At a time that seems to be long long ago, I wrote an editorial giving my reasoning for considering Windows Phone as my next handset. While I was generally positive in that editorial I expressed several concerns that ended up keeping me on Android. Let’s take a look back at that editorial and see what qualms of mine Microsoft managed to address at today’s press conference , which ones they didn’t, and whether my mind will likely be changed come upgrade time.
Does Windows Phone perfectly mirror my use case on Android? Hardly. The app store is still a bit small, even at 65,000 apps, there are key names that are missing. Pandora internet radio is a perfect example. A big name app like this should be on Windows Phone 7. It’s already on Windows Phone Classic. That and it’s one of the “key apps” that people look for when comparing platforms to choose.
Microsoft addressed this head on today. Both Joe Belfiore and Steve Ballmer said that the app story is indeed getting better on Windows Phone with 120,000 apps in the Marketplace and 47 of the top 50 smartphone apps present and accounted for. They also insist that hundreds are being approved each day as well. Pandora, for example, is finally on Windows Phone in an official form. To put the significance of this into perspective, even HP’s WebOS had a official Pandora app. Other big names are hitting the platform too like Temple Run and Disney’s Where’s My Water. These are big name titles that consumers use to judge the viability of a smartphone platform. It remains important for Microsoft to keep courting devs and get them onto the platform. More importantly, I’m finding the apps I use often in the Marketplace.
Another issue is a lack of compelling devices on my carrier. Verizon’s notoriously been ambivalent toward Windows Phone. They’ve picked a very unassuming handset, the HTC Trophy as their launch device and haven’t gained any new models since. This is disappointing in more ways than one and Microsoft needs to figure out exactly what the deal is with Verizon and Windows Phone. Is it beef with the KIN? Is it the lack of carrier control that Windows Phone has?
Consider that fixed:
All the major carriers save for Sprint are on board with Windows Phone. Multiple devices, multiple carriers, it’s really looking good this holiday season. Oh yeah, about that. They’ll almost all be released around November, even Verizon’s devices. That’s far better than the last Windows Phone launch. Verizon’s all in on Windows Phone this year and it shows. Not only do they have a compelling lineup of 3 smartphones from HTC, Nokia and Samsung, but they’re even the first carrier to take full advantage of Windows Phone’s new Data Sense feature that’ll stretch user’s data allotments. That’s huge not only for them but for consumers. It was honestly something I expected another carrier to do instead. Kudos Verizon.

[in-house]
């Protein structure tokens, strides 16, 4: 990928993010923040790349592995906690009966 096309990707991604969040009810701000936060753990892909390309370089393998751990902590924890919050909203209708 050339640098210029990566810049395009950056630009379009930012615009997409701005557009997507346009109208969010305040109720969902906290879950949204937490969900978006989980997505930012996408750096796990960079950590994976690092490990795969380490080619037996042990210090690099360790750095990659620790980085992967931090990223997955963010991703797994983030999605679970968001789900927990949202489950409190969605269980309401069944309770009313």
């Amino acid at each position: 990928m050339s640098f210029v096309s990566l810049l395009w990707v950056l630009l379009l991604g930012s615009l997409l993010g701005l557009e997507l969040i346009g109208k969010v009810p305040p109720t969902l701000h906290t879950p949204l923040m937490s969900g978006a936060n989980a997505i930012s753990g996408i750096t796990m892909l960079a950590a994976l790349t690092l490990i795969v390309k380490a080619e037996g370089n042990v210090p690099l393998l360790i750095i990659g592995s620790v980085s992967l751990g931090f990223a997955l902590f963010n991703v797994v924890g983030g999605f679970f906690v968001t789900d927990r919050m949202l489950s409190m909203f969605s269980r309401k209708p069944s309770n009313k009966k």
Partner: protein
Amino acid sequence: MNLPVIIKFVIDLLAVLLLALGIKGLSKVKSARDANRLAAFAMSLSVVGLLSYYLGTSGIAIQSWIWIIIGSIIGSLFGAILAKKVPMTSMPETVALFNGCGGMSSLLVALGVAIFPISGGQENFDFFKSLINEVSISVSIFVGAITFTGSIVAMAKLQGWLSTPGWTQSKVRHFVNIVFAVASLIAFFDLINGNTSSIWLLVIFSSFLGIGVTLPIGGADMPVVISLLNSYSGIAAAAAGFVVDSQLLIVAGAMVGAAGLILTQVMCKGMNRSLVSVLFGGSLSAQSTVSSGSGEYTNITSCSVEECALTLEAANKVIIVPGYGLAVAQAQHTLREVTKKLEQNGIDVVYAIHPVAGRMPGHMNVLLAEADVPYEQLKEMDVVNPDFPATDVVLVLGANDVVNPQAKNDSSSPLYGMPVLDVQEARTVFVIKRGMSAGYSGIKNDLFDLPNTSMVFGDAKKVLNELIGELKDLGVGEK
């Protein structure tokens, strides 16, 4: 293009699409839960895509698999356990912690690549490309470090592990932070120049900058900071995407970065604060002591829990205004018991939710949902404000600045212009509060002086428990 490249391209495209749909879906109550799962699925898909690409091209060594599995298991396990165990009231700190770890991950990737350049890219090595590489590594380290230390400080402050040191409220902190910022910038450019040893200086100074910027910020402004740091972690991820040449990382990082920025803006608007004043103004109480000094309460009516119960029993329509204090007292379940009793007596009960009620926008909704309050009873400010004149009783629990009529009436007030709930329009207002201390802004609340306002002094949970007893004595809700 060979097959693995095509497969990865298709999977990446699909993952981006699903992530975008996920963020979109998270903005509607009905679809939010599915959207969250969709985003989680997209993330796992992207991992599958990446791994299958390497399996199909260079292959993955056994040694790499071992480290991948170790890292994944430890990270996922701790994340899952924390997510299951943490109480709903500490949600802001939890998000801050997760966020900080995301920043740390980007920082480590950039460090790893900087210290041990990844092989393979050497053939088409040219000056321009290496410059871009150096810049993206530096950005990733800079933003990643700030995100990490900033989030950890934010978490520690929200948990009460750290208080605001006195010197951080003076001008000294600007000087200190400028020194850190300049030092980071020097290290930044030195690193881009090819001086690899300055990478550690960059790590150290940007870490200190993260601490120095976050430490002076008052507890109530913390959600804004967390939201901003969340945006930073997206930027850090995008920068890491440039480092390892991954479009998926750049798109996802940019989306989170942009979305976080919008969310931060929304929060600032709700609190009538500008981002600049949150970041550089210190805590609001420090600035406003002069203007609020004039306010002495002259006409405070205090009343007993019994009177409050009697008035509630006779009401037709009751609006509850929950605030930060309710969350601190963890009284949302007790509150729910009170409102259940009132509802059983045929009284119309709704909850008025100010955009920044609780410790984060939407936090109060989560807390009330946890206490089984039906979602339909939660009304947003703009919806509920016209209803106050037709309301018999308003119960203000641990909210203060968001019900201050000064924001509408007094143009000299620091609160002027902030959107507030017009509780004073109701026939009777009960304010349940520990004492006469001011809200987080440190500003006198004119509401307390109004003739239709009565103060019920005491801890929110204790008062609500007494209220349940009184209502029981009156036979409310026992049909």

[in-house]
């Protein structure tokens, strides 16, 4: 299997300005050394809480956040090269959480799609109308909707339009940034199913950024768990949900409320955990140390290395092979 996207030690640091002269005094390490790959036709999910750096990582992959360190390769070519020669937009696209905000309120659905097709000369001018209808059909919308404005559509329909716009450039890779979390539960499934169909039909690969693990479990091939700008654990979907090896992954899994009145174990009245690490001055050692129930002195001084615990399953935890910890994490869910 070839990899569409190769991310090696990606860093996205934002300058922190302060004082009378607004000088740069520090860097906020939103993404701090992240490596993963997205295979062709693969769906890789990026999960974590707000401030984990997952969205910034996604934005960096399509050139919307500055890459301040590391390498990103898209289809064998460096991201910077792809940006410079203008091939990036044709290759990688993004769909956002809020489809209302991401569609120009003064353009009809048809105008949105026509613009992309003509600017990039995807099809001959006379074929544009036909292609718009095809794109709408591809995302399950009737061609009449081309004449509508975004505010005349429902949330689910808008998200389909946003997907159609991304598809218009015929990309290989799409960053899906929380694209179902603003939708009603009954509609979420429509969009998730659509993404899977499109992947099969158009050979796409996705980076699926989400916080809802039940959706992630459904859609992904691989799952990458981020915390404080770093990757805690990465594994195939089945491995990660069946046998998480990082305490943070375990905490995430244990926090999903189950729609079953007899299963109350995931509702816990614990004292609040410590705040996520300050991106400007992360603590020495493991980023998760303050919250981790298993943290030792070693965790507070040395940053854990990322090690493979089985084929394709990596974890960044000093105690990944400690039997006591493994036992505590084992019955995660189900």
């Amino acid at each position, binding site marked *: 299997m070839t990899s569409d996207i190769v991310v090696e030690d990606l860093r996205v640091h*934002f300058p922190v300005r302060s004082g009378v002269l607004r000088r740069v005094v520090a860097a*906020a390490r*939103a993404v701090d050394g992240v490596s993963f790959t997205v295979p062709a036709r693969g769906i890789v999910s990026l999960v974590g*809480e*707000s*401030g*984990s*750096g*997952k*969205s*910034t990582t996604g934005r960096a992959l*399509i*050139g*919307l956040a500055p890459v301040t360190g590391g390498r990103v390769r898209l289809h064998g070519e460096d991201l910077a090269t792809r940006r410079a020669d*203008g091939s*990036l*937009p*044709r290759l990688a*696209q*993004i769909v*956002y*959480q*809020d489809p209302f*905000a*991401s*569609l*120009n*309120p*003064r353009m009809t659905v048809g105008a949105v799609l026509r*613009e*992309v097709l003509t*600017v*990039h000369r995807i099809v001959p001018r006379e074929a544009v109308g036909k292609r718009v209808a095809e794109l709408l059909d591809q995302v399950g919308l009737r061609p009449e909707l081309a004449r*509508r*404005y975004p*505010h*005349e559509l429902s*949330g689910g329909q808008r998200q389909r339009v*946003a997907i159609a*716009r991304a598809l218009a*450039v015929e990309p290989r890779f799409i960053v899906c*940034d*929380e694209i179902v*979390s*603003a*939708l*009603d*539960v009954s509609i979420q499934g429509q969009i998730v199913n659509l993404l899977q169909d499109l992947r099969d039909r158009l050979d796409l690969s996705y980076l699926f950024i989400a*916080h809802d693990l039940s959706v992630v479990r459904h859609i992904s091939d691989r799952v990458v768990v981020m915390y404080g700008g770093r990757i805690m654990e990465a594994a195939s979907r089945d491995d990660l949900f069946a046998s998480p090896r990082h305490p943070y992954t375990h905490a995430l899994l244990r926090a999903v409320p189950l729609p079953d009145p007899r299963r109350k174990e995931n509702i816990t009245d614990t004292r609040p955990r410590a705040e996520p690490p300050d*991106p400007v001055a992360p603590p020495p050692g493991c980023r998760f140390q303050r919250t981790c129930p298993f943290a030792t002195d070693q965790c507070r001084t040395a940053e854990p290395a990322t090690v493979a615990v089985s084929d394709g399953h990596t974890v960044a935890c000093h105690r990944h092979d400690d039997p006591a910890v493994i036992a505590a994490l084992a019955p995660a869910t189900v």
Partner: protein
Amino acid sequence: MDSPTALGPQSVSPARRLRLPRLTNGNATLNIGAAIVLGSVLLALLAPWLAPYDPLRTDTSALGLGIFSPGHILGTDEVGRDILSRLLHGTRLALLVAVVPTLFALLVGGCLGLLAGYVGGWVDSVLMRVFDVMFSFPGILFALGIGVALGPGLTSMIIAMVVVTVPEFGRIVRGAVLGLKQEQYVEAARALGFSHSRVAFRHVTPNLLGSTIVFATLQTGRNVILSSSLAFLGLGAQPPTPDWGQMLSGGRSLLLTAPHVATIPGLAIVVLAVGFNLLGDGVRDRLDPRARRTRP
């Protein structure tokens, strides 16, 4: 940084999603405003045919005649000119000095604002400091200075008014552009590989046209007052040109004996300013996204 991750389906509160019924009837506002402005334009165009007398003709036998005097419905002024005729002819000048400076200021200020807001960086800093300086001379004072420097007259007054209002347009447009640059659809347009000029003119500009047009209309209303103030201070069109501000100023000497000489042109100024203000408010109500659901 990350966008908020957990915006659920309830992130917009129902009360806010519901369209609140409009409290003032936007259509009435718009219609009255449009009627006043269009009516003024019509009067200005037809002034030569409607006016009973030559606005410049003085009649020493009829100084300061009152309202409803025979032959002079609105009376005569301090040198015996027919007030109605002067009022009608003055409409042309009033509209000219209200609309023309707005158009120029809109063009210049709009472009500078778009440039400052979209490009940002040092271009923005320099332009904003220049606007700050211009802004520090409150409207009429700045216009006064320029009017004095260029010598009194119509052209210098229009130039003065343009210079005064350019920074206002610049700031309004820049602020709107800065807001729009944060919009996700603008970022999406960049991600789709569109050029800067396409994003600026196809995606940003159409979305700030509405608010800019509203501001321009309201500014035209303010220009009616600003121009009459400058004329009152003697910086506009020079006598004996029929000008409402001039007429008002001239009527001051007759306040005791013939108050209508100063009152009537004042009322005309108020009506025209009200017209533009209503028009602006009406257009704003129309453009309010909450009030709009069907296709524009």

Can Microsoft still improve? Certainly. They’re still forcing you to plug-in your device for major updates (Notification about impending updates is done OTA, ditto small patch updates) and that’s something that has to change. I shouldn’t have to plug-in my phone, not in the world we live in now. Furthermore, it turns out that the carriers have more power over phone updates than Microsoft first let on. They are allowed to block updates, as many updates as they want actually. This is disappointing as that brings on the risk that fragmentation can occur and sure enough, there’s at least one carrier who’s blocked at least 2 updates…some of these updates actually FIX legitimate bugs like a disappearing keyboard and SSL Certificate errors. Microsoft might not have the leverage that Apple has but hopefully they will in time.
Microsoft has finally gotten that leverage with Windows Phone 8. Now, Windows Phone 8 devices have an update guarantee. You’ll get updates and support for 18 months. That’s huge because many people sign new 2 year contracts for discounted pricing. To basically have your phone get updates throughout that life-cycle and possibly beyond that is something Android simply cannot touch right now without major intervention from Google. To me, a user who’s been disappointed by broken update promises with his Android handset, this represents a very interesting proposition if I do decide to keep on a stock Windows Phone build. I wouldn’t be missing anything, which is something I cannot say about my current device which cannot even run Google’s Chrome for Android browser.
Oh and they cut the cord for OS updates, large or small. Excellent and the way it should be.
Windows Phone 8 might not look significantly different or appear to have a lot of features on the surface that push things forward. But it’s when you dig a bit deeper into the benefits, the features like Live Lockscreen that are small but make oh so much sense, the integration between it and your Windows 8 machine, the advantages in cloud services it has over competing platforms and it all begins to come together.
Windows Phone, for me, is finally truly compelling. And I cannot wait to get my hands on one.